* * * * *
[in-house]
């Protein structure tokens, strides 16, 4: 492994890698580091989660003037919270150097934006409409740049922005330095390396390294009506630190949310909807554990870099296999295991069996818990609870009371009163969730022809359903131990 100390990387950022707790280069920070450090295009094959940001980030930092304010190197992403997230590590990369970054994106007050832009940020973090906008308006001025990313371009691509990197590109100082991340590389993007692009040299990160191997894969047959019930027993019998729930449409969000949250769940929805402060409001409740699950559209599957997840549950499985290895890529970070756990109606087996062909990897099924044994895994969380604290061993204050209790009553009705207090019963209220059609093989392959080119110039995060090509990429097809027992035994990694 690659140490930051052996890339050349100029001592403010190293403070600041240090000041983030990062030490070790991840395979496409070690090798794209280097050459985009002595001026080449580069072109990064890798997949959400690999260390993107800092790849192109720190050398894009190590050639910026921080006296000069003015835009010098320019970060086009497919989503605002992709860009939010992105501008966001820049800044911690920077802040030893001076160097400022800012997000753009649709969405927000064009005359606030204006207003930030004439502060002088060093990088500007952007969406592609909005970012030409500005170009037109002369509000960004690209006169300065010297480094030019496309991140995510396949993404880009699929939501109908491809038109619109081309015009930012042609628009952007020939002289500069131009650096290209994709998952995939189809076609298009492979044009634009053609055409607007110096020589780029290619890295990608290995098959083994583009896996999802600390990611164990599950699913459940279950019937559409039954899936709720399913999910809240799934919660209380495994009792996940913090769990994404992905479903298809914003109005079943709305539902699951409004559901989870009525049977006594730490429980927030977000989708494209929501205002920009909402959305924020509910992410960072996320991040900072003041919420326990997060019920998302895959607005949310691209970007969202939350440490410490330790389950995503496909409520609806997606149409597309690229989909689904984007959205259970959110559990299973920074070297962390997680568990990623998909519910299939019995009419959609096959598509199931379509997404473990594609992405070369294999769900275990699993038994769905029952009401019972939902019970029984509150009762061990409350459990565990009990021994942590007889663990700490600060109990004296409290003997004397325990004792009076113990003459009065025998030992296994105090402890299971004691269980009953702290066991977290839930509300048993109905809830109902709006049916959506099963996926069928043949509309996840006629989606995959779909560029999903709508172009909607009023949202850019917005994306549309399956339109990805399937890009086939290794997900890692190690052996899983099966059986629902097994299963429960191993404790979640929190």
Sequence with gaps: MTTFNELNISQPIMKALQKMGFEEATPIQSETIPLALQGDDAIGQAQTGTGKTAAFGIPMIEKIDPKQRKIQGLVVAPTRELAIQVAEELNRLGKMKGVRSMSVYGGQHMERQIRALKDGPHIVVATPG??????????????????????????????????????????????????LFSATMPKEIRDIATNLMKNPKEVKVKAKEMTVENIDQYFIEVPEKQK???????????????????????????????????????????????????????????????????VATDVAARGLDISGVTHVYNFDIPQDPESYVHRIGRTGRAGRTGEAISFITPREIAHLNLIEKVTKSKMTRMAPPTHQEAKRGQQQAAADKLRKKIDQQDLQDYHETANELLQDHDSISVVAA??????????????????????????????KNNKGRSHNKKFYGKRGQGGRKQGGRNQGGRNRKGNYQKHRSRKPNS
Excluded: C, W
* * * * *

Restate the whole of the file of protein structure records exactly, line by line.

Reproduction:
[in-house]
């Protein structure tokens, strides 16, 4: 492994890698580091989660003037919270150097934006409409740049922005330095390396390294009506630190949310909807554990870099296999295991069996818990609870009371009163969730022809359903131990 100390990387950022707790280069920070450090295009094959940001980030930092304010190197992403997230590590990369970054994106007050832009940020973090906008308006001025990313371009691509990197590109100082991340590389993007692009040299990160191997894969047959019930027993019998729930449409969000949250769940929805402060409001409740699950559209599957997840549950499985290895890529970070756990109606087996062909990897099924044994895994969380604290061993204050209790009553009705207090019963209220059609093989392959080119110039995060090509990429097809027992035994990694 690659140490930051052996890339050349100029001592403010190293403070600041240090000041983030990062030490070790991840395979496409070690090798794209280097050459985009002595001026080449580069072109990064890798997949959400690999260390993107800092790849192109720190050398894009190590050639910026921080006296000069003015835009010098320019970060086009497919989503605002992709860009939010992105501008966001820049800044911690920077802040030893001076160097400022800012997000753009649709969405927000064009005359606030204006207003930030004439502060002088060093990088500007952007969406592609909005970012030409500005170009037109002369509000960004690209006169300065010297480094030019496309991140995510396949993404880009699929939501109908491809038109619109081309015009930012042609628009952007020939002289500069131009650096290209994709998952995939189809076609298009492979044009634009053609055409607007110096020589780029290619890295990608290995098959083994583009896996999802600390990611164990599950699913459940279950019937559409039954899936709720399913999910809240799934919660209380495994009792996940913090769990994404992905479903298809914003109005079943709305539902699951409004559901989870009525049977006594730490429980927030977000989708494209929501205002920009909402959305924020509910992410960072996320991040900072003041919420326990997060019920998302895959607005949310691209970007969202939350440490410490330790389950995503496909409520609806997606149409597309690229989909689904984007959205259970959110559990299973920074070297962390997680568990990623998909519910299939019995009419959609096959598509199931379509997404473990594609992405070369294999769900275990699993038994769905029952009401019972939902019970029984509150009762061990409350459990565990009990021994942590007889663990700490600060109990004296409290003997004397325990004792009076113990003459009065025998030992296994105090402890299971004691269980009953702290066991977290839930509300048993109905809830109902709006049916959506099963996926069928043949509309996840006629989606995959779909560029999903709508172009909607009023949202850019917005994306549309399956339109990805399937890009086939290794997900890692190690052996899983099966059986629902097994299963429960191993404790979640929190």
Sequence with gaps: MTTFNELNISQPIMKALQKMGFEEATPIQSETIPLALQGDDAIGQAQTGTGKTAAFGIPMIEKIDPKQRKIQGLVVAPTRELAIQVAEELNRLGKMKGVRSMSVYGGQHMERQIRALKDGPHIVVATPG??????????????????????????????????????????????????LFSATMPKEIRDIATNLMKNPKEVKVKAKEMTVENIDQYFIEVPEKQK???????????????????????????????????????????????????????????????????VATDVAARGLDISGVTHVYNFDIPQDPESYVHRIGRTGRAGRTGEAISFITPREIAHLNLIEKVTKSKMTRMAPPTHQEAKRGQQQAAADKLRKKIDQQDLQDYHETANELLQDHDSISVVAA??????????????????????????????KNNKGRSHNKKFYGKRGQGGRKQGGRNQGGRNRKGNYQKHRSRKPNS
Excluded: C, W